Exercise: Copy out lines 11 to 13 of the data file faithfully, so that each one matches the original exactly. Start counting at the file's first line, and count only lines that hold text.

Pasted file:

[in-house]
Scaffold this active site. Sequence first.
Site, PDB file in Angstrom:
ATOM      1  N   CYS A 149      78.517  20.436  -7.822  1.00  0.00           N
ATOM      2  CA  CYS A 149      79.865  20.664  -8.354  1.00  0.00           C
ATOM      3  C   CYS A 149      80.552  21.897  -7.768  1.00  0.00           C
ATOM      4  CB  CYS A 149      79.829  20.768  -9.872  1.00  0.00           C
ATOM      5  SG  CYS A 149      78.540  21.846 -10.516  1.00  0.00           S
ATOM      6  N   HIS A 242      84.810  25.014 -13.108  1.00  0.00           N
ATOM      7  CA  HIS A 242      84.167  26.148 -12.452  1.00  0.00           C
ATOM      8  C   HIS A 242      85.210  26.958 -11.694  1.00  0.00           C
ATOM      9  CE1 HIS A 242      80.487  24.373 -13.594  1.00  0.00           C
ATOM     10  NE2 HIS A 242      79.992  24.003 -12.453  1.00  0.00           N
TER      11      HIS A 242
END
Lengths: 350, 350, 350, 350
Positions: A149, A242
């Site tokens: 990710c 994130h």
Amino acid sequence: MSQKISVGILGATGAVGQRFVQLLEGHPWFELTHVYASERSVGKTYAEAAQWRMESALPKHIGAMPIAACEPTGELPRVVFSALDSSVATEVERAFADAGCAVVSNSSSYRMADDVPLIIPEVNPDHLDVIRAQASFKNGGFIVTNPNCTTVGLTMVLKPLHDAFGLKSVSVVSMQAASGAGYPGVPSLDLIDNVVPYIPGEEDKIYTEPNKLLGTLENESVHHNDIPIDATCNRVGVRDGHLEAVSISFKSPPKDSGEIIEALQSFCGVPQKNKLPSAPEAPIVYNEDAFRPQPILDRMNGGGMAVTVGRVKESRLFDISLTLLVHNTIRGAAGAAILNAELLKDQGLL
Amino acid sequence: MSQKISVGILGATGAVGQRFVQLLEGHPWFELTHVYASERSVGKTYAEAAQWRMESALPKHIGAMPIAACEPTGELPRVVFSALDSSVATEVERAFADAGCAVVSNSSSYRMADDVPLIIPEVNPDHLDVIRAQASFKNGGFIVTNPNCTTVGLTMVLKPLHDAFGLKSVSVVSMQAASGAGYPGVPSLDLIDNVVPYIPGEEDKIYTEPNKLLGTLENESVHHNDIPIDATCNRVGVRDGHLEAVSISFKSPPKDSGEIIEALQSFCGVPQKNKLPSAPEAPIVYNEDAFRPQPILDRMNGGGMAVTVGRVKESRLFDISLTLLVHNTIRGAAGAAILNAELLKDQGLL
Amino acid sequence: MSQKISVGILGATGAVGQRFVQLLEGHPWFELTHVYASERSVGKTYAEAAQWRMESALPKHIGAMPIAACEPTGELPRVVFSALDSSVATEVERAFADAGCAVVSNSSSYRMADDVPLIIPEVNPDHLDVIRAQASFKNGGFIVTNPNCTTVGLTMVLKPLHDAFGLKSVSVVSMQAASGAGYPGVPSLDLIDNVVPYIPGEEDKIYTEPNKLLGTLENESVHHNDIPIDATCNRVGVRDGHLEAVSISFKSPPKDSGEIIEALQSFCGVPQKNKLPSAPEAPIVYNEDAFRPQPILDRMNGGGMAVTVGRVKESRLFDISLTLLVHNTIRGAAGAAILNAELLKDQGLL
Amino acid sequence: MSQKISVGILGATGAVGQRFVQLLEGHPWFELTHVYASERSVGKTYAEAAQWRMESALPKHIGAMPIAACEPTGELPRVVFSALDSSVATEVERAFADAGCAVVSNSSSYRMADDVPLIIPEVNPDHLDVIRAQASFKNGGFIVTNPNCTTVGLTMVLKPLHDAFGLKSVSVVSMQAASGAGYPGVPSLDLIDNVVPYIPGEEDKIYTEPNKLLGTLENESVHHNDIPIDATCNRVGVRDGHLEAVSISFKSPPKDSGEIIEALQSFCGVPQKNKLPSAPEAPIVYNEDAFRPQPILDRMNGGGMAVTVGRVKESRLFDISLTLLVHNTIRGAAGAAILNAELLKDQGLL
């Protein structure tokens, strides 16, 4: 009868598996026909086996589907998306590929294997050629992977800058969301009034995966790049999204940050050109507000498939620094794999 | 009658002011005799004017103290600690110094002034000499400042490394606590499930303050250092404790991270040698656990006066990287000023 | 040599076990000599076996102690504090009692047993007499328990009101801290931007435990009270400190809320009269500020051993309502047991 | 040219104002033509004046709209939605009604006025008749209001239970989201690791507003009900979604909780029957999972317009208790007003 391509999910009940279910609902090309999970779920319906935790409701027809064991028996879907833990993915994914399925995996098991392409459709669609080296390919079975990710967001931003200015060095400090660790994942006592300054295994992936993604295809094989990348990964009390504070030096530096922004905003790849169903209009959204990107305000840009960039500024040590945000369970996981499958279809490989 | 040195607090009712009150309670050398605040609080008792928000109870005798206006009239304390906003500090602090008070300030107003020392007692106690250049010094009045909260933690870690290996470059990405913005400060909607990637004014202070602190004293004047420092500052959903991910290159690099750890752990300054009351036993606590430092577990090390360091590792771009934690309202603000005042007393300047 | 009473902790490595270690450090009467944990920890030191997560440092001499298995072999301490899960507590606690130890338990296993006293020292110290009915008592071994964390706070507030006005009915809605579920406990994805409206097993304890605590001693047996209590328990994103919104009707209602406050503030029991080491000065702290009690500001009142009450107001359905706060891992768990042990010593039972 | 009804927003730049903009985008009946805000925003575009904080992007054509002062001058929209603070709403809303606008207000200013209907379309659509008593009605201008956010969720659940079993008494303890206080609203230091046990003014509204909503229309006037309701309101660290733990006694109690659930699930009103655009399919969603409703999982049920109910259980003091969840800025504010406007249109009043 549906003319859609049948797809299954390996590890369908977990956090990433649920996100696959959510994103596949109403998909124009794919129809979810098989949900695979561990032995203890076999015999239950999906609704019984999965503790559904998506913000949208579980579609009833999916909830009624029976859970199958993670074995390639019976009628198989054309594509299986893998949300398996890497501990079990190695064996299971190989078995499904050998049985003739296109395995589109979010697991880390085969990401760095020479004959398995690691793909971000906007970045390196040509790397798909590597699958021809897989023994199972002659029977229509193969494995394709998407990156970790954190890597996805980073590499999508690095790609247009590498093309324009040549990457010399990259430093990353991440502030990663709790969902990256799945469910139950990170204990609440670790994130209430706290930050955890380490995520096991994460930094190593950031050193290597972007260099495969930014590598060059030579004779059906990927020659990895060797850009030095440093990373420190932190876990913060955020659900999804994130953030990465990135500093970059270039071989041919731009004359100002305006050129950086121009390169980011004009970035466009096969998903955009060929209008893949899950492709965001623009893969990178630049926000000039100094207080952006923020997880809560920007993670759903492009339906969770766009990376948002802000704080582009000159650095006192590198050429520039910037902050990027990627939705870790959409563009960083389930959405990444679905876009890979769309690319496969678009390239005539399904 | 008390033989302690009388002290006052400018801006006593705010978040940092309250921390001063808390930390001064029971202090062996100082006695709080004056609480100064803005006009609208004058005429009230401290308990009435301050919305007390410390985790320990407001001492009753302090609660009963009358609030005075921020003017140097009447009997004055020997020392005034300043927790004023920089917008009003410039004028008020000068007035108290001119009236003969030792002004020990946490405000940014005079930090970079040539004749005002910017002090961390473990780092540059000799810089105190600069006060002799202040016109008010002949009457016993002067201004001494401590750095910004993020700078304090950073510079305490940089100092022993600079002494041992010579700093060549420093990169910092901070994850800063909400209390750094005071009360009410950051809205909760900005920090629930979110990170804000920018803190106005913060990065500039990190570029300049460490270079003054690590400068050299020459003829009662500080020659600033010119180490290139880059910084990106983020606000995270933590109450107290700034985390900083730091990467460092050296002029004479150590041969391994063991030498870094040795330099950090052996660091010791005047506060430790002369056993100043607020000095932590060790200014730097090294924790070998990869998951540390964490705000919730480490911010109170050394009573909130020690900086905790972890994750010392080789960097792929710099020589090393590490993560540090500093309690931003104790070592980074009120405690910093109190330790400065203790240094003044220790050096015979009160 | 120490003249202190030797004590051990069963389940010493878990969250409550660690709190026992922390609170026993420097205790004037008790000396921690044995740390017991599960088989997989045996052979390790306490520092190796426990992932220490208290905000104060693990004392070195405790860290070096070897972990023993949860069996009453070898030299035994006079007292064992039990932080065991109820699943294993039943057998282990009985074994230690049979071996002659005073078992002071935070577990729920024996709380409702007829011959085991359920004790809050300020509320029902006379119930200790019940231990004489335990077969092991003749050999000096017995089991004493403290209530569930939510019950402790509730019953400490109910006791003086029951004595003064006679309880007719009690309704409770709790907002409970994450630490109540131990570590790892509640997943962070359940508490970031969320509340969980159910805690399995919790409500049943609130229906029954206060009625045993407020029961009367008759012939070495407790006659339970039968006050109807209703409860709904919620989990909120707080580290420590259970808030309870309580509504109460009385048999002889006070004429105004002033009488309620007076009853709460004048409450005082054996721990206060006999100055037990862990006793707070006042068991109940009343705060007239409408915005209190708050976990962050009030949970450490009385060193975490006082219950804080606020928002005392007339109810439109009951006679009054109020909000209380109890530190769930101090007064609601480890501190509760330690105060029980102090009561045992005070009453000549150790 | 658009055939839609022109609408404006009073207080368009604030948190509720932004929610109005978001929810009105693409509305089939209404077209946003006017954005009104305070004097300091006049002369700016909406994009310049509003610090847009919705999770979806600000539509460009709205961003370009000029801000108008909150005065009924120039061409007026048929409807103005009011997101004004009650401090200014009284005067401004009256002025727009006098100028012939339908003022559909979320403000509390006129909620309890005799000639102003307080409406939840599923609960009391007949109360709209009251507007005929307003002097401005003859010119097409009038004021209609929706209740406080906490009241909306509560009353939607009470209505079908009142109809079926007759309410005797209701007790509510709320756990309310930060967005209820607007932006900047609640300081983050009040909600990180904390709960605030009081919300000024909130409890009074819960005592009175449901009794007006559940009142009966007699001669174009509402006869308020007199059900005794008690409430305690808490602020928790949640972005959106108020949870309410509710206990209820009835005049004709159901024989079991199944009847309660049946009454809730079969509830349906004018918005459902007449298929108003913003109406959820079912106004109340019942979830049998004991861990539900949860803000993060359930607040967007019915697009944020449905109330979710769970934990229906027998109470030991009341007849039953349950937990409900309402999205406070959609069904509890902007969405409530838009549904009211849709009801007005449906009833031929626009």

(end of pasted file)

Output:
ATOM      8  C   HIS A 242      85.210  26.958 -11.694  1.00  0.00           C
ATOM      9  CE1 HIS A 242      80.487  24.373 -13.594  1.00  0.00           C
ATOM     10  NE2 HIS A 242      79.992  24.003 -12.453  1.00  0.00           N